A look at the shareholders of Kimberly-Clark Corporation (NYSE:KMB) can tell us which group is most powerful. Insiders often own a large chunk of younger, smaller, companies while huge companies tend to have institutions as shareholders. We also tend to see lower insider ownership in companies that were previously publicly owned.
Kimberly-Clark is a pretty big company. It has a market capitalization of US$45b. Normally institutions would own a significant portion of a company this size. In the chart below, we can see that institutions are noticeable on the share registry. We can zoom in on the different ownership groups, to learn more about Kimberly-Clark.
What Does The Institutional Ownership Tell Us About Kimberly-Clark?
Many institutions measure their performance against an index that approximates the local market. So they usually pay more attention to companies that are included in major indices.
As you can see, institutional investors have a fair amount of stake in Kimberly-Clark. This suggests some credibility amongst professional investors. But we can't rely on that fact alone since institutions make bad investments sometimes, just like everyone does. If multiple institutions change their view on a stock at the same time, you could see the share price drop fast. It's therefore worth looking at Kimberly-Clark's earnings history below. Of course, the future is what really matters.
Institutional investors own over 50% of the company, so together than can probably strongly influence board decisions. Kimberly-Clark is not owned by hedge funds. Looking at our data, we can see that the largest shareholder is The Vanguard Group, Inc. with 8.2% of shares outstanding. With 8.2% and 5.0% of the shares outstanding respectively, BlackRock, Inc. and State Street Global Advisors, Inc. are the second and third largest shareholders.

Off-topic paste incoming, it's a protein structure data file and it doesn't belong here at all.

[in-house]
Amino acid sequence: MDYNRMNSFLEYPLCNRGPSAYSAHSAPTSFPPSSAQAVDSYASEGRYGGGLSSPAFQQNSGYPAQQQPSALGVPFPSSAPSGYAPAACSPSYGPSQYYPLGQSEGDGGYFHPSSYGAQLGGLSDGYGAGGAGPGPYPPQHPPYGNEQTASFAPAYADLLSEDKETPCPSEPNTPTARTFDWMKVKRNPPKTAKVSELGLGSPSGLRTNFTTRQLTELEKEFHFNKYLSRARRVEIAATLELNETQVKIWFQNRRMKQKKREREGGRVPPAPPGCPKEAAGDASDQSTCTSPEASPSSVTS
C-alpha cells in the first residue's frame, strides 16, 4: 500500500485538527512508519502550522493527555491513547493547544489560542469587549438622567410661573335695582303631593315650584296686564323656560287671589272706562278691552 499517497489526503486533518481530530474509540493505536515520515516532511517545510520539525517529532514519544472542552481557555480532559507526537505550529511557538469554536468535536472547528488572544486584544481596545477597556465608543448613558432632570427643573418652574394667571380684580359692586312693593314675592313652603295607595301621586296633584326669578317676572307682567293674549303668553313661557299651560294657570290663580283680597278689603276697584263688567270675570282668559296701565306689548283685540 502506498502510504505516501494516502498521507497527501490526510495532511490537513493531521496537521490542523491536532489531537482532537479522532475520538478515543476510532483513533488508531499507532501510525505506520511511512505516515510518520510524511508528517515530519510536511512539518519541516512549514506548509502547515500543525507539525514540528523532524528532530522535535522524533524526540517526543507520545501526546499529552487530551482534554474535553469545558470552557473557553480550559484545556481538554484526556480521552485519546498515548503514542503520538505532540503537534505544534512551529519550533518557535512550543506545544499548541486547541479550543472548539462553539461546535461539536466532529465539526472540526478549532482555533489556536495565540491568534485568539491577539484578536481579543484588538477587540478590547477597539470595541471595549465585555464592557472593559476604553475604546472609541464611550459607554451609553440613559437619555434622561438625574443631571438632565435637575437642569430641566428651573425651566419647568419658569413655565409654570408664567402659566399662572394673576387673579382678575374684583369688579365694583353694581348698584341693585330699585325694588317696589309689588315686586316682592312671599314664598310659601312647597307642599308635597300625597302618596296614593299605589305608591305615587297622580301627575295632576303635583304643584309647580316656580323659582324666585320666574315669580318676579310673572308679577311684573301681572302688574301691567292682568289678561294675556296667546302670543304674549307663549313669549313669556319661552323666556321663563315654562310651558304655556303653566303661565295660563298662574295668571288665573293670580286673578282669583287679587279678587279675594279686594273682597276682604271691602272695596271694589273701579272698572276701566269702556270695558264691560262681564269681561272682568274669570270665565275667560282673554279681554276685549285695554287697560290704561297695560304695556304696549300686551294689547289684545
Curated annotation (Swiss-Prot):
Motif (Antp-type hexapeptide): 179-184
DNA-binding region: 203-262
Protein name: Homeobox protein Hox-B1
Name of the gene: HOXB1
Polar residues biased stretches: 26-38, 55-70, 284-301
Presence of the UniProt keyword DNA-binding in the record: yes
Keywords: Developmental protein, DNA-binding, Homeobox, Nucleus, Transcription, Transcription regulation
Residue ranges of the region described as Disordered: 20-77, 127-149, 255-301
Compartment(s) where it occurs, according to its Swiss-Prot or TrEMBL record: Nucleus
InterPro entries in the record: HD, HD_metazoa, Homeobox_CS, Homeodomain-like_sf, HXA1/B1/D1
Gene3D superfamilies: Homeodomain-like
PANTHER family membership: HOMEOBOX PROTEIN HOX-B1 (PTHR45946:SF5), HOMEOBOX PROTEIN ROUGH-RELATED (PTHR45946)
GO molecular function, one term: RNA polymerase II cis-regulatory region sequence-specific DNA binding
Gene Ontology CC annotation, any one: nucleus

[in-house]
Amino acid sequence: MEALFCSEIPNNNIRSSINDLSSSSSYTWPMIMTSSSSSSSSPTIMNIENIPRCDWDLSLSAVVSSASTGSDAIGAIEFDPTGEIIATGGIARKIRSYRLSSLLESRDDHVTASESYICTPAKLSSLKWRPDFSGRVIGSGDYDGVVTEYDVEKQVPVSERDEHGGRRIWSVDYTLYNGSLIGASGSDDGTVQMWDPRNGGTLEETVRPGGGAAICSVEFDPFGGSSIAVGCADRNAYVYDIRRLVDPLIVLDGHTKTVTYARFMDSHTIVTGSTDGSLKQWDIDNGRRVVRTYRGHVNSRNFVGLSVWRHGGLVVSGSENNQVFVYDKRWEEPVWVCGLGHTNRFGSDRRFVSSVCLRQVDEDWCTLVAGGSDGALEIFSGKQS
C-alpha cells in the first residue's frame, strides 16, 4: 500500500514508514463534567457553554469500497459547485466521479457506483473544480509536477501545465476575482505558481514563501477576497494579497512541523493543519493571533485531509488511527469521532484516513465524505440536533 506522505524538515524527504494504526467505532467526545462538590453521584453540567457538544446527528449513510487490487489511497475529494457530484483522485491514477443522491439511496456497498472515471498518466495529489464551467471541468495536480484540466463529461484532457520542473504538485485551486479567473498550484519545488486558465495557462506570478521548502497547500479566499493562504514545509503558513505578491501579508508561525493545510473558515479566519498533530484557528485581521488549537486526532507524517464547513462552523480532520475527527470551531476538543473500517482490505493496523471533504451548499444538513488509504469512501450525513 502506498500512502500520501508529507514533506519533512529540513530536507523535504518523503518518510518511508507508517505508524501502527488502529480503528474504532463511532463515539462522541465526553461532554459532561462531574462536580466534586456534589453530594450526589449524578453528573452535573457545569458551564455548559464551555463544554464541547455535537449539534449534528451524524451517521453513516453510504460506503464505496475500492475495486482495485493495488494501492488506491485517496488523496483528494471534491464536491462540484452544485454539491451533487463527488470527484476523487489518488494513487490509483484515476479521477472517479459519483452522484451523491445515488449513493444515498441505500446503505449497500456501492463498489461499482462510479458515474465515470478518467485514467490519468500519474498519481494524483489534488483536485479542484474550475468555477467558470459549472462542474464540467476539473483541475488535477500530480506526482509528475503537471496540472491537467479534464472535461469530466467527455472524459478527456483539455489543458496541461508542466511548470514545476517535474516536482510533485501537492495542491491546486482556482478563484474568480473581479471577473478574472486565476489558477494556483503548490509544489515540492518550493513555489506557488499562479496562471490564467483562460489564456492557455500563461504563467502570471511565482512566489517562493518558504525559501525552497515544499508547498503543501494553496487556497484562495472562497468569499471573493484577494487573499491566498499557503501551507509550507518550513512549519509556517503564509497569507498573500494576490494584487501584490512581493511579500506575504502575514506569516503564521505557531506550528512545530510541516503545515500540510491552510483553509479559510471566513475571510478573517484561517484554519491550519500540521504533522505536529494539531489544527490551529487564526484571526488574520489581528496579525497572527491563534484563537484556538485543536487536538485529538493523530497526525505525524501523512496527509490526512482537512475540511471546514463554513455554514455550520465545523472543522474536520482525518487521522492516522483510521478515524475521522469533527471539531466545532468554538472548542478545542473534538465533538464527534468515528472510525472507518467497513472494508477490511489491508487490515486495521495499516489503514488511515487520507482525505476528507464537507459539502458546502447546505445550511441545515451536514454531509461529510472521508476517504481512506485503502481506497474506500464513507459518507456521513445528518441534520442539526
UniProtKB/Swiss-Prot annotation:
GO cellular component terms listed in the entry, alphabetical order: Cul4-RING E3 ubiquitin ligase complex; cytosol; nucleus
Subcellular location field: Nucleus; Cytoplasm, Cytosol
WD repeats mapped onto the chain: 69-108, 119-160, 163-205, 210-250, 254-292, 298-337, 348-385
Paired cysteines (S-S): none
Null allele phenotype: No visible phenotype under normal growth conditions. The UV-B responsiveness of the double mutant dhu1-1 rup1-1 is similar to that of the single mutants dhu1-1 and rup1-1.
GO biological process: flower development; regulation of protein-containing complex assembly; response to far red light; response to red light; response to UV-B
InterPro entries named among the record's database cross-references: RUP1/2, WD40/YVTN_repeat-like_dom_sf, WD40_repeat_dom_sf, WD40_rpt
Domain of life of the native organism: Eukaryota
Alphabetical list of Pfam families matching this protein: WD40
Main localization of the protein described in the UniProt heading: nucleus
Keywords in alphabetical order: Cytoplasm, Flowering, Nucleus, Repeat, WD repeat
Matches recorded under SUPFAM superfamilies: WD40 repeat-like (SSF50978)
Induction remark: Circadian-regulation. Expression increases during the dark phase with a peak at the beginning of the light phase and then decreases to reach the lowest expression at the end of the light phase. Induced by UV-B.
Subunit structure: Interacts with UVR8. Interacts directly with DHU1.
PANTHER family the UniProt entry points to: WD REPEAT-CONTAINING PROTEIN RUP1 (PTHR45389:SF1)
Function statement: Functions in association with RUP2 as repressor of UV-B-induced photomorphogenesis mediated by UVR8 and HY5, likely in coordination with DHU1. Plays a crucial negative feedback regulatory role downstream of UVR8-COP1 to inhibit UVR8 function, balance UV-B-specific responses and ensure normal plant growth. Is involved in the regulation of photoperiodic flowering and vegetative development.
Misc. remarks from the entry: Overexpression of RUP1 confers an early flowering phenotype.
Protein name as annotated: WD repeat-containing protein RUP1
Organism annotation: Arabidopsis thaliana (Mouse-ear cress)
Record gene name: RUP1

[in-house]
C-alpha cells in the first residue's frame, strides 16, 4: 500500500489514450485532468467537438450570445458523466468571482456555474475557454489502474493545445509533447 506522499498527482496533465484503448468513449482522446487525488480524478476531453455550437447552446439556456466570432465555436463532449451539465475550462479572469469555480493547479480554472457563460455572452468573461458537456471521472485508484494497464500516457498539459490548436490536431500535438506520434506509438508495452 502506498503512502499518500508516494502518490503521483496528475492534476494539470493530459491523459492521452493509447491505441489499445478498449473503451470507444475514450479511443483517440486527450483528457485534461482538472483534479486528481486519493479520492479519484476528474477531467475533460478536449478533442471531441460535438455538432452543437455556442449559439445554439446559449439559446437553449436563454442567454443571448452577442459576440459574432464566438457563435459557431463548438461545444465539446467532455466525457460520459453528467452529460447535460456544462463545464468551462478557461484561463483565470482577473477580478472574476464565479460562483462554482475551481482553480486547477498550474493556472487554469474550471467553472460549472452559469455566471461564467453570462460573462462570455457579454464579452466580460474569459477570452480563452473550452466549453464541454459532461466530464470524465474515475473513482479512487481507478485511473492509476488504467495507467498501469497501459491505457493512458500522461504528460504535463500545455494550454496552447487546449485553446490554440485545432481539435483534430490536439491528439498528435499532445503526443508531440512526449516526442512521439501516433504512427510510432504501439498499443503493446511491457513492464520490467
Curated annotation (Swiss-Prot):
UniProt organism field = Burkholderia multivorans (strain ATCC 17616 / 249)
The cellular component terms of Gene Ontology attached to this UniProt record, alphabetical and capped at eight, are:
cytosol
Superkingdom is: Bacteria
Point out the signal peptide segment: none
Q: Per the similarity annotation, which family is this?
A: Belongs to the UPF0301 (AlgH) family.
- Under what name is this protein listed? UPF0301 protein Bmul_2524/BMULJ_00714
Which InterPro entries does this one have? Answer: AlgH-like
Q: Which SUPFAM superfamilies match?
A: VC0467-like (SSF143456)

A deeper look at our ownership data shows that the top 25 shareholders collectively hold less than half of the register, suggesting a large group of small holders where no single shareholder has a majority.
While studying institutional ownership for a company can add value to your research, it is also a good practice to research analyst recommendations to get a deeper understand of a stock's expected performance. There are a reasonable number of analysts covering the stock, so it might be useful to find out their aggregate view on the future.
Insider Ownership Of Kimberly-Clark
The definition of an insider can differ slightly between different countries, but members of the board of directors always count. The company management answer to the board and the latter should represent the interests of shareholders. Notably, sometimes top-level managers are on the board themselves.
I generally consider insider ownership to be a good thing. However, on some occasions it makes it more difficult for other shareholders to hold the board accountable for decisions.
Our most recent data indicates that insiders own less than 1% of Kimberly-Clark Corporation. Being so large, we would not expect insiders to own a large proportion of the stock. Collectively, they own US$136m of stock. It is always good to see at least some insider ownership, but it might be worth checking if those insiders have been selling.
General Public Ownership
The general public holds a 25% stake in Kimberly-Clark. This size of ownership, while considerable, may not be enough to change company policy if the decision is not in sync with other large shareholders.
I find it very interesting to look at who exactly owns a company. But to truly gain insight, we need to consider other information, too. Take risks for example - Kimberly-Clark has 1 warning sign we think you should be aware of.
Ultimately the future is most important. You can access this free report on analyst forecasts for the company.
NB: Figures in this article are calculated using data from the last twelve months, which refer to the 12-month period ending on the last date of the month the financial statement is dated. This may not be consistent with full year annual report figures.
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